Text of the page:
Al Mitchell, a British resident from Penrith Gardens, has billed Plymouth City Council £300 (N175k) for damage to his car caused by a neglected pothole on his street.
Mitchell was charged £300 to repair his car, but after determining the source of the damage, the enraged driver forwarded the bill to the council, MetroUK reports.
He claims that the state of the highway has now resulted in significant damage to the ball joint of his Nissan Qashqai’s suspension arms.
According to additional reports, the car Mitchell purchased in June was deemed to be in perfect working order prior to the damage by the Ministry of Transport.
The aggrieved man accused the government of negligence in creating the pothole, which ultimately resulted in significant damage to his car’s ball joint and suspension arms.
Mitchell, who resides in Estover’s Penrith Gardens, claims the street has been plagued by potholes for four years and has complained to the council.
The car owner told Plymouth Live: ”I asked the manager down there for the workshop, and he said it was most likely caused by driving over potholes on a regular basis.
It’s ludicrous, and we’ve been on them about it for four years. We’ve filled out approximately five forms and called them several times, and all we get is “oh, the road is fine.”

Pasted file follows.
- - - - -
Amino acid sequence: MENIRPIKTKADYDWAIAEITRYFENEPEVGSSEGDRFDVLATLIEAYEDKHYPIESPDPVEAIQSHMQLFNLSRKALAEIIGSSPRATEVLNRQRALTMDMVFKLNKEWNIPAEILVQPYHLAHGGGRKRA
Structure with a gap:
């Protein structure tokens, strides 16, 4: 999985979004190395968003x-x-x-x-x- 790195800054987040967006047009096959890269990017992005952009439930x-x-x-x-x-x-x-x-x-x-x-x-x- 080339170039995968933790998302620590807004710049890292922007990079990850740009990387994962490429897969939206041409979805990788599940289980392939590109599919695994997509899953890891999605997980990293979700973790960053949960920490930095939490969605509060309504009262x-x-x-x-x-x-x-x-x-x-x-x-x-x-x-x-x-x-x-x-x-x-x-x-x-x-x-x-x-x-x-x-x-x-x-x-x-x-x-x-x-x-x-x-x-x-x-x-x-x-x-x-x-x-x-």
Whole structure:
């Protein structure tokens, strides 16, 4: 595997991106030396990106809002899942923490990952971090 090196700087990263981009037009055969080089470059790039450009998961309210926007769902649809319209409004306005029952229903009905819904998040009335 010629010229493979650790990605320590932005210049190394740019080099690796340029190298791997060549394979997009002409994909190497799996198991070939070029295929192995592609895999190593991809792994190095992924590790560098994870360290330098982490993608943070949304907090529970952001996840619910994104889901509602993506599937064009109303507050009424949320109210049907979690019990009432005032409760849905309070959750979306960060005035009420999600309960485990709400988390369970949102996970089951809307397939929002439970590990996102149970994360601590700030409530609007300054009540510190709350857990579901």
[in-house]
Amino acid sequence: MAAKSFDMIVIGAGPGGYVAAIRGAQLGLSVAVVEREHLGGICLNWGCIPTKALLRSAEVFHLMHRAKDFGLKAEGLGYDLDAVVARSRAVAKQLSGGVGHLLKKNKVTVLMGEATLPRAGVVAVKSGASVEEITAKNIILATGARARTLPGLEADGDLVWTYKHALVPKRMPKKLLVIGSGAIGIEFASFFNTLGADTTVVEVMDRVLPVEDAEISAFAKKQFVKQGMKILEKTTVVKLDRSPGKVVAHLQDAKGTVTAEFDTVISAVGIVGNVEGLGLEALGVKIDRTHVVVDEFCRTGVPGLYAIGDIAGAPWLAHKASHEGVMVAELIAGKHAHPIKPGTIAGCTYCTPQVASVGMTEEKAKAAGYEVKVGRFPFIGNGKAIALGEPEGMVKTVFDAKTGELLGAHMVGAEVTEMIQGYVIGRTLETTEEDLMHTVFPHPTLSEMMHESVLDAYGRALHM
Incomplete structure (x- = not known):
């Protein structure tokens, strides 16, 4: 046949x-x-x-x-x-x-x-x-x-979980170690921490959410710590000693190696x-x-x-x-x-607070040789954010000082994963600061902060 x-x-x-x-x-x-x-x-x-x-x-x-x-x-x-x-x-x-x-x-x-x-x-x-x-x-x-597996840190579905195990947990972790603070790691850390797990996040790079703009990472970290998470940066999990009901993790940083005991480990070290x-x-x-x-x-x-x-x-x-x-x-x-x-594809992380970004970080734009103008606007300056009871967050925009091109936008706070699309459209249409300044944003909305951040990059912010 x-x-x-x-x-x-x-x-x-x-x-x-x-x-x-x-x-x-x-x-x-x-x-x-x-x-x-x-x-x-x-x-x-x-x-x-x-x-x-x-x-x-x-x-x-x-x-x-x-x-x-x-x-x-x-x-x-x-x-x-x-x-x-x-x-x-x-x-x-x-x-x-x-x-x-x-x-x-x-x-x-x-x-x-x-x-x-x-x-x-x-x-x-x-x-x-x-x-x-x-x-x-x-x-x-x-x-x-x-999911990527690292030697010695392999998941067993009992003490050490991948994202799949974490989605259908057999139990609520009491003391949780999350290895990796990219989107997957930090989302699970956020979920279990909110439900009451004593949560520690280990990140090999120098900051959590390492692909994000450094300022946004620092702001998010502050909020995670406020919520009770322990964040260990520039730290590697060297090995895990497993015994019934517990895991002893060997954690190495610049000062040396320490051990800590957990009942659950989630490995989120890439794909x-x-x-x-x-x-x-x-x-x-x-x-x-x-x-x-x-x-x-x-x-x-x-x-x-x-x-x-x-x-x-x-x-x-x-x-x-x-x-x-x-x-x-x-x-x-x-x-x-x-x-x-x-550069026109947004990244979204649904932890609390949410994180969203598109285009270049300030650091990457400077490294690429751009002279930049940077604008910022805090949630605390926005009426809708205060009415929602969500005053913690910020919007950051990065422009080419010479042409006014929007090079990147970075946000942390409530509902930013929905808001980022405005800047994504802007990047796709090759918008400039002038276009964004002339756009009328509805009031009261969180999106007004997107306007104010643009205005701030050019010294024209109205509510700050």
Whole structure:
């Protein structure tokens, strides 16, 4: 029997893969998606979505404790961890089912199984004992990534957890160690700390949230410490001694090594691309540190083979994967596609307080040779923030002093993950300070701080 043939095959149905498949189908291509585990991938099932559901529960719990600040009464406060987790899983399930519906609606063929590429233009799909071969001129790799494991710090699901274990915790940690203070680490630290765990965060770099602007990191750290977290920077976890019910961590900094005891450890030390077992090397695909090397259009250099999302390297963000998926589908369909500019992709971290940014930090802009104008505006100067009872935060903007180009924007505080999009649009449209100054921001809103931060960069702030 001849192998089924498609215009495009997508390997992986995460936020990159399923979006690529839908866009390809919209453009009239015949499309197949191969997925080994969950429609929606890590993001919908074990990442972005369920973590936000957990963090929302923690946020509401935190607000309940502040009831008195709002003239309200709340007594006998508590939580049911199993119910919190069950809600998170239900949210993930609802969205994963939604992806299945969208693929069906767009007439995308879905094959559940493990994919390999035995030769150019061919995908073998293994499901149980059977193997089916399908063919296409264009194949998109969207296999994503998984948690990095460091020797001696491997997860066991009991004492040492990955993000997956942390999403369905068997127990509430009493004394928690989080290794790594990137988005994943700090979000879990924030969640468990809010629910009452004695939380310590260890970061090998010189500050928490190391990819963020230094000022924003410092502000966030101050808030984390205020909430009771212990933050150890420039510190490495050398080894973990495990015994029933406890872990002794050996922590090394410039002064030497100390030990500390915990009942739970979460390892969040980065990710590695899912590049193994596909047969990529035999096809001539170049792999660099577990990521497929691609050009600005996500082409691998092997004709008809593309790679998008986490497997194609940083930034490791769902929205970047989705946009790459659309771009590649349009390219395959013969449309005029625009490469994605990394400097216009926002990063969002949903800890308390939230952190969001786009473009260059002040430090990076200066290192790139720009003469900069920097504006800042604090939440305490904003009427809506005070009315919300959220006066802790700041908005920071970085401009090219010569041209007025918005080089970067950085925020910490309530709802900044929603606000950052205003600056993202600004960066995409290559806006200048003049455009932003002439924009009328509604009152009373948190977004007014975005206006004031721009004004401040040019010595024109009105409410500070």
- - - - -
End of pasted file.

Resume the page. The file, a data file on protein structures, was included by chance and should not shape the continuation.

We sent them (the council) the MOT bill in our previous complaint but have not received a response. On the bill, I highlighted the repairs I’d been told were most likely caused by the potholes. Everything falls on deaf ears.”
He continued, “Over the last four years, we’ve been hounding them about it, and they’ve partially filled in some gaps once, and then they’ve gotten even worse.” It’s time to redo the entire stretch, particularly with the amount of traffic that comes down here now. It is simply constant.”
The council acknowledged damage to Penrith Gardens in a statement to PlymouthLive, but said it was not severe enough to warrant repairs.
It stated that it has a ‘agreed upon safety inspection process’ for potholes and that ‘anything requiring intervention is at least 40mm and 300mm wide.’
According to indications, the damage to the road may have been caused by the technique used to repair it, known as “‘overlaying,'” which involves placing a new surface directly on top of an existing one without replacing the core, causing the road to resurface.
According to the council, “we have an agreed-upon safety inspection process for potholes, and anything that requires intervention is at least 40mm and 300mm wide.”
Photographs of the road’s surface reveal several potholes, some of which appear to have been patched previously. The road appears to be loose, and there is damage to the street’s road markings and lines.
While the council did not respond to Mitchell’s £300 demand for damages to his car, the man believes that roads, like cars, should undergo an annual MOT test to ensure they are fit for purpose.